The greatest lie ever told, Economics

Theoretically, if there were only $10 in the world and 10 people. Only $1 of that would exist in physical money. The rest is just debt. Or money that somebody owes somebody else. So spread that $1 among 10 people, and each person has 10 cents. The other 90 cents each person owns, is owed to them by one of the other ten people. It’s just a figure on their bank statement. The currency to back this computerised money does not exist. This video about MONEY CREATION explains how this works.

What happens if one of them ten people decide not to pay up? There would be less money to go around. The $1 in existence will take longer to make a full circle. Eventually, one of these ten people might get annoyed and try keep more for themselves so their wealth isn’t affected. When this happens, somebody else has to go without. Eventually, one person has it all, and most are going without.

This is the cruel truth. 10% of the population control 90% of the world’s wealth. 90% of the world’s wealth isn’t real money. The 10% of money being controlled is 100% of the money that actually exists. Really, we don’t really own any money. If we are lucky, collectively, we might control 1% of the world’s theoretical bank balance.

If you would like to know in more detail, read on.

Economics is one of the most bland and boring topics to learn about. This article has been condensed to include only the information needed to understand how economics fits into the bigger picture. For those who want to understand on a deeper level, there will be other articles with more in-depth information to come. Some people may find this difficult to grasp regardless of how easy it is to understand.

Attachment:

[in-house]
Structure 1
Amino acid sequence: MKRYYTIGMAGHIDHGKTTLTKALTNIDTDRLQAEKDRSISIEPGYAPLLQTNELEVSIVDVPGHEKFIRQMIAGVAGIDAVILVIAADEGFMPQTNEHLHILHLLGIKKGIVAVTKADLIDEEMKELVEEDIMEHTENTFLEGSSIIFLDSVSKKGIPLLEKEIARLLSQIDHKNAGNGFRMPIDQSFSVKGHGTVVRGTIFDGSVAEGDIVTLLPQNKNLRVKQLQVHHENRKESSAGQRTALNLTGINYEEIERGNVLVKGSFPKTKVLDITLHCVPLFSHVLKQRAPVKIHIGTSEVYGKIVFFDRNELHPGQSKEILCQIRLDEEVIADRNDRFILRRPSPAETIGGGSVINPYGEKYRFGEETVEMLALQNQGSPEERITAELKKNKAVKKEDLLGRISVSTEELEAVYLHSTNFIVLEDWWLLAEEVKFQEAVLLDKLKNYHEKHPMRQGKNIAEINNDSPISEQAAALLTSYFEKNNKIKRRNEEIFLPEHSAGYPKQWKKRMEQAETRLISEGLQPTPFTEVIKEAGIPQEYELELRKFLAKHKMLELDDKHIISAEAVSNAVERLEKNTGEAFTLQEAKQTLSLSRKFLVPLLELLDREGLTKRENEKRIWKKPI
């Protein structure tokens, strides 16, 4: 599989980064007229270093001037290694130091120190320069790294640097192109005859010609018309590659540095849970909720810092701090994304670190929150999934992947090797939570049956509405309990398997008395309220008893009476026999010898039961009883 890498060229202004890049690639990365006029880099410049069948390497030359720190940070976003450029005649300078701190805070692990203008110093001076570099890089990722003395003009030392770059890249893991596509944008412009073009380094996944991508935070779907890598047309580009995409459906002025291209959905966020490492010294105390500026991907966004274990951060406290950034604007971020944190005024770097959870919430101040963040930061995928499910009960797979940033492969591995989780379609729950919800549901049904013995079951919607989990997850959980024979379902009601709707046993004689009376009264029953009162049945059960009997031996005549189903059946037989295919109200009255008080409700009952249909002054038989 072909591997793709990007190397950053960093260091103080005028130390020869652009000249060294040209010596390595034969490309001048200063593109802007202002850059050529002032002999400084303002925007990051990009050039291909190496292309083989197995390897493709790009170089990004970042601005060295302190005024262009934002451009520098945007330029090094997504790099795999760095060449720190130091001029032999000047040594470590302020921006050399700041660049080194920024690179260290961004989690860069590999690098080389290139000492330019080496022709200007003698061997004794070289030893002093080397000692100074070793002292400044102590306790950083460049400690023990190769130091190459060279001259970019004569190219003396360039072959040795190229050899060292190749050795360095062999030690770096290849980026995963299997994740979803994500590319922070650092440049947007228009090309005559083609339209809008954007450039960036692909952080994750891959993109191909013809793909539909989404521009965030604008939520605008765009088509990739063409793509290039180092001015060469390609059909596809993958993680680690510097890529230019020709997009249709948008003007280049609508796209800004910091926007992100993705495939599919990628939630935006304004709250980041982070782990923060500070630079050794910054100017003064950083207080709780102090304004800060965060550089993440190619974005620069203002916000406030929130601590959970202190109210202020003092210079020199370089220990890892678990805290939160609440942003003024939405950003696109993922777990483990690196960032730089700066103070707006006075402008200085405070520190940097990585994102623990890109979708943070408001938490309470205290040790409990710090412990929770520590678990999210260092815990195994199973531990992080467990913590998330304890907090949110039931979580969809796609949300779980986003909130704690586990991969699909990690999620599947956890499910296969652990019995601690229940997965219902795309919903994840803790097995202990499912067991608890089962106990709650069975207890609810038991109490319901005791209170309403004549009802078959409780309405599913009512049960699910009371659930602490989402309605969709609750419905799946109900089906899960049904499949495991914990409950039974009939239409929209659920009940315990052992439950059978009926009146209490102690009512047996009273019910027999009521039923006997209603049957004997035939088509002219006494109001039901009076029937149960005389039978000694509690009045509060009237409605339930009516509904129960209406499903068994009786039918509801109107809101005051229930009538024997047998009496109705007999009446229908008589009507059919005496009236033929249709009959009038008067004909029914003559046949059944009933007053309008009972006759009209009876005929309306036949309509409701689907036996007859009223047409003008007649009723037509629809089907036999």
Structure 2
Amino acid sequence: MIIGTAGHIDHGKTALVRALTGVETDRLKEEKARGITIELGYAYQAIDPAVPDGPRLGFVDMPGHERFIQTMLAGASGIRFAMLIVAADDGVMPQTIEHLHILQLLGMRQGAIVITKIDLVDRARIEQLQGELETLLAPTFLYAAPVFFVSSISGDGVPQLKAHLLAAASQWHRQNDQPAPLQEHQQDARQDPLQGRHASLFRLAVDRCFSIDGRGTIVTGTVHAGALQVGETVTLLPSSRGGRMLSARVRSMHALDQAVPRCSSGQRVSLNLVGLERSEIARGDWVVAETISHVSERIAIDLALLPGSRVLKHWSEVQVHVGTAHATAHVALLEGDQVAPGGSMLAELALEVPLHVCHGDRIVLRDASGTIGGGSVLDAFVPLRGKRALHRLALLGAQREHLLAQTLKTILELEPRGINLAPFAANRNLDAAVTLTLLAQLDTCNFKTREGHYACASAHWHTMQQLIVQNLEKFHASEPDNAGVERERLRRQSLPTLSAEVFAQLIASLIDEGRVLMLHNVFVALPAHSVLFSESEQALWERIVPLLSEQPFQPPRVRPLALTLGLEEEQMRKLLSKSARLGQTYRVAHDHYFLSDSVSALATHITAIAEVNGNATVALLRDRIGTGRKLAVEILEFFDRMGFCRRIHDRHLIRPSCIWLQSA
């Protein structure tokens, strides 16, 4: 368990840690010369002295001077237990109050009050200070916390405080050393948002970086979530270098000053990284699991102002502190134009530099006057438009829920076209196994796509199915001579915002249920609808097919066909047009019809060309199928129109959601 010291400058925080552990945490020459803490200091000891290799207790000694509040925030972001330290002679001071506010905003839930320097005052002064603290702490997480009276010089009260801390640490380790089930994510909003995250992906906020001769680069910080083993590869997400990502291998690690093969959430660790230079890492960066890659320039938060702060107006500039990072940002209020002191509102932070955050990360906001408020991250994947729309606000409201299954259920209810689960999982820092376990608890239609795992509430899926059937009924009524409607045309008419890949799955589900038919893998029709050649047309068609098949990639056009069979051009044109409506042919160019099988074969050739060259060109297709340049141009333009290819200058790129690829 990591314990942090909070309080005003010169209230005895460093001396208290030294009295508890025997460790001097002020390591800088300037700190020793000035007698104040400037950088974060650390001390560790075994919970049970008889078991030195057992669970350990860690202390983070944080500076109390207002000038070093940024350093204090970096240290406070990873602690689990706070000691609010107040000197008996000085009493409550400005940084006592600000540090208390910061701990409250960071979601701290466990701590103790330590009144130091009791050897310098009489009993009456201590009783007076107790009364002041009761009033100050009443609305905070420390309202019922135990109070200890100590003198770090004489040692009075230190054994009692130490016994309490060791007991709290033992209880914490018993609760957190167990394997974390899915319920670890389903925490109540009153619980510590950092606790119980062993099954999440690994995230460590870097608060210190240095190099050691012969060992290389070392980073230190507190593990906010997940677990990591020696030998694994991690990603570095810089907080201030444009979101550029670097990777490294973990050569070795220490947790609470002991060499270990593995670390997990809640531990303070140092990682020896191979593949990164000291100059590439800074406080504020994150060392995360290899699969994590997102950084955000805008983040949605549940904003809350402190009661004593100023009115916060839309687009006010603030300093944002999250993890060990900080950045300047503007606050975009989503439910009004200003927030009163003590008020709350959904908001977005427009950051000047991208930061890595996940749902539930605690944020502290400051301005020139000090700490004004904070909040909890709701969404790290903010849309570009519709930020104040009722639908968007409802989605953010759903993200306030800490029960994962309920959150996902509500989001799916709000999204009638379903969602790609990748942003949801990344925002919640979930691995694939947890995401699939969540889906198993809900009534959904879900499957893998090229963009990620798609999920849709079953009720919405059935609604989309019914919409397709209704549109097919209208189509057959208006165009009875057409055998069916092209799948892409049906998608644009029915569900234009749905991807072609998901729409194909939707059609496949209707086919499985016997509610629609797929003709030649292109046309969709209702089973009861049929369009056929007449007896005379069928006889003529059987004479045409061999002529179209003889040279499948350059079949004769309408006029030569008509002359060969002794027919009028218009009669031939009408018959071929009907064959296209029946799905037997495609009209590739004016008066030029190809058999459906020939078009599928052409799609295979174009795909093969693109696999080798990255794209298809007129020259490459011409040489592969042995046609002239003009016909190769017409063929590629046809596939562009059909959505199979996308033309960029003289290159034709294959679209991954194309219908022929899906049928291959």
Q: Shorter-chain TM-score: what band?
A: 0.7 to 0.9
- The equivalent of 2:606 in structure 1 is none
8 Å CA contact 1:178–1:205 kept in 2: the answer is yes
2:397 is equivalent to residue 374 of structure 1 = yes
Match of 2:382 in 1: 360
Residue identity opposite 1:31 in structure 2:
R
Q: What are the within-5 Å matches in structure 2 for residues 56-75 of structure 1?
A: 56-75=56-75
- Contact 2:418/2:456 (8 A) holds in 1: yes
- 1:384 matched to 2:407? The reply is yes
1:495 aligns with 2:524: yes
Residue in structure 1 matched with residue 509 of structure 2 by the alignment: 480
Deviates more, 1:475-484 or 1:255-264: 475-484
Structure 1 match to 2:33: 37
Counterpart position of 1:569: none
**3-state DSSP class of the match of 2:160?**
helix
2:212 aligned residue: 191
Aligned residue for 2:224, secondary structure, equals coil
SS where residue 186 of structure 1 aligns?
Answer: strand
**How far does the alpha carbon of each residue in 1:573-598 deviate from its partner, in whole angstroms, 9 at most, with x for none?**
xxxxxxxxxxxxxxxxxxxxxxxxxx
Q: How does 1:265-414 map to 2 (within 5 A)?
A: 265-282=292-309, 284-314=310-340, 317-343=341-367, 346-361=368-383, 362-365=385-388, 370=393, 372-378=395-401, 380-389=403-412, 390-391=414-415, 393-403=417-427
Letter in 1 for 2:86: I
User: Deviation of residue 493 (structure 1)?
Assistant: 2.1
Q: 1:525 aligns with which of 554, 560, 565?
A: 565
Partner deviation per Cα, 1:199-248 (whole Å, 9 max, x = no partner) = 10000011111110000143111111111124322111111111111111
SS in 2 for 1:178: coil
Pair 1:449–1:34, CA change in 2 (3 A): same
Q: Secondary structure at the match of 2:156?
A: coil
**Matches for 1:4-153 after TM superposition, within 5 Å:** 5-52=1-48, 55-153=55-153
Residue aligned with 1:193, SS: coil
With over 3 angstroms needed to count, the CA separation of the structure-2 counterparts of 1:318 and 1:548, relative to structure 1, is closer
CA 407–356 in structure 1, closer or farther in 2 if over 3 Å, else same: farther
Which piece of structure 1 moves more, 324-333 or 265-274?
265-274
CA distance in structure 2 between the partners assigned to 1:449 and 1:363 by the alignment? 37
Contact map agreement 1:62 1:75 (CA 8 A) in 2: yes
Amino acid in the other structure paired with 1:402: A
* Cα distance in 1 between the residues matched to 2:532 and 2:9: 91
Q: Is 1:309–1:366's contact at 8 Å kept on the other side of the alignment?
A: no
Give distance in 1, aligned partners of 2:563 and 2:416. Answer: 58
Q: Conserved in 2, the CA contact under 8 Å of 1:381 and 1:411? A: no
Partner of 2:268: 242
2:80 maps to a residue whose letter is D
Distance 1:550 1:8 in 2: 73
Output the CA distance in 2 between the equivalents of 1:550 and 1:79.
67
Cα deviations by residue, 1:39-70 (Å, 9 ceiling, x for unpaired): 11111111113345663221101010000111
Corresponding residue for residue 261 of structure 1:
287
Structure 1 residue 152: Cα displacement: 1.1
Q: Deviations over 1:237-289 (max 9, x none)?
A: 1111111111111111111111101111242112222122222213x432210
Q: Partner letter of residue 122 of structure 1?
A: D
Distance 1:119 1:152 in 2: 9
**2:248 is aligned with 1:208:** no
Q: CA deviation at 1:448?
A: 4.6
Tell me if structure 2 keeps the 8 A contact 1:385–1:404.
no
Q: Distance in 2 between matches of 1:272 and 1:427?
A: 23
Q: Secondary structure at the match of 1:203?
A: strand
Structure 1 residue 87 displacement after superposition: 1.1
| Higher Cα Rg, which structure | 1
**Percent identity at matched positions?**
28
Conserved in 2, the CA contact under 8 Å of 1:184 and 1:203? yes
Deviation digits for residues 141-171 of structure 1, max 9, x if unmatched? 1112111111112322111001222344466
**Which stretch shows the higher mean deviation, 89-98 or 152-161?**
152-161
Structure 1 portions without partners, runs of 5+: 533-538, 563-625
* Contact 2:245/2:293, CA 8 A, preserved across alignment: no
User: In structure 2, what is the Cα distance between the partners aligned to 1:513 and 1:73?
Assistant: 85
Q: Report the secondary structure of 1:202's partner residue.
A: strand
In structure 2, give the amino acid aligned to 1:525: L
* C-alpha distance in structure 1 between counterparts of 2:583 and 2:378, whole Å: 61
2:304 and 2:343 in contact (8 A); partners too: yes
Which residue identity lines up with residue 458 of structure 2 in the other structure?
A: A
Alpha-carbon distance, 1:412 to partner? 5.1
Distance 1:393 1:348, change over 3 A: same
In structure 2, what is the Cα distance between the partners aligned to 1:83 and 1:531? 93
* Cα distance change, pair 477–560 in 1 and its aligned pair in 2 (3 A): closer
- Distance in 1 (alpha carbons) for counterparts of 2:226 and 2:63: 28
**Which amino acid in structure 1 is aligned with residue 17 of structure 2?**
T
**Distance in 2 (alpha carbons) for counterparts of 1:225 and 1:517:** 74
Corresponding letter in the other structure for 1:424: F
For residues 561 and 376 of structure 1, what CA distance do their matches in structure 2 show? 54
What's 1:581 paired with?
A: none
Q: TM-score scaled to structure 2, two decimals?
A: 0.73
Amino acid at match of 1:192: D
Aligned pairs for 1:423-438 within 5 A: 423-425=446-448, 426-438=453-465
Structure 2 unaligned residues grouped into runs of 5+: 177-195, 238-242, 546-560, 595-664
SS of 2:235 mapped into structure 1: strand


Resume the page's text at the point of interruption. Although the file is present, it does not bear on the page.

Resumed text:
Humanity as a collective, wants an unlimited amount of material things. However there is a finite, or limited amount of resources that can be harvested from the planet. Economists refer to this problem as scarcity and use the supply of money to influence our spending habits, which in turn influences the harvesting of resources. If everybody in the world could afford what they wanted, the planet we live on would most likely already have ceased to exist.

In recent times, things like global warming and corporate greed have raised many questions about the legitimacy of the current economic system. I want to help people understand how the system is not broken, and works as it was intended. This will help you understand that only debt exists, leading to why money is nothing but a cleverly performed illusion.

Debt is the only thing in existence. Why? Because a small group of people known as the Global Elites are playing a game of monopoly. How? Well hold on to your seats…

Over 70% of the world’s currency are numbers made up on computers. The remaining 30% is actual physical currency. Roughly 30% of actual currency, or a third of the entire world’s supply of physical currency is kept as the banks reserve. That’s a third of a third (33% ÷ 3 = 11%) of money that exists, is actually real. The rest is all made up through complex equations that can be found in an article called Money Mechanics, and is a process known as fractional reserve lending.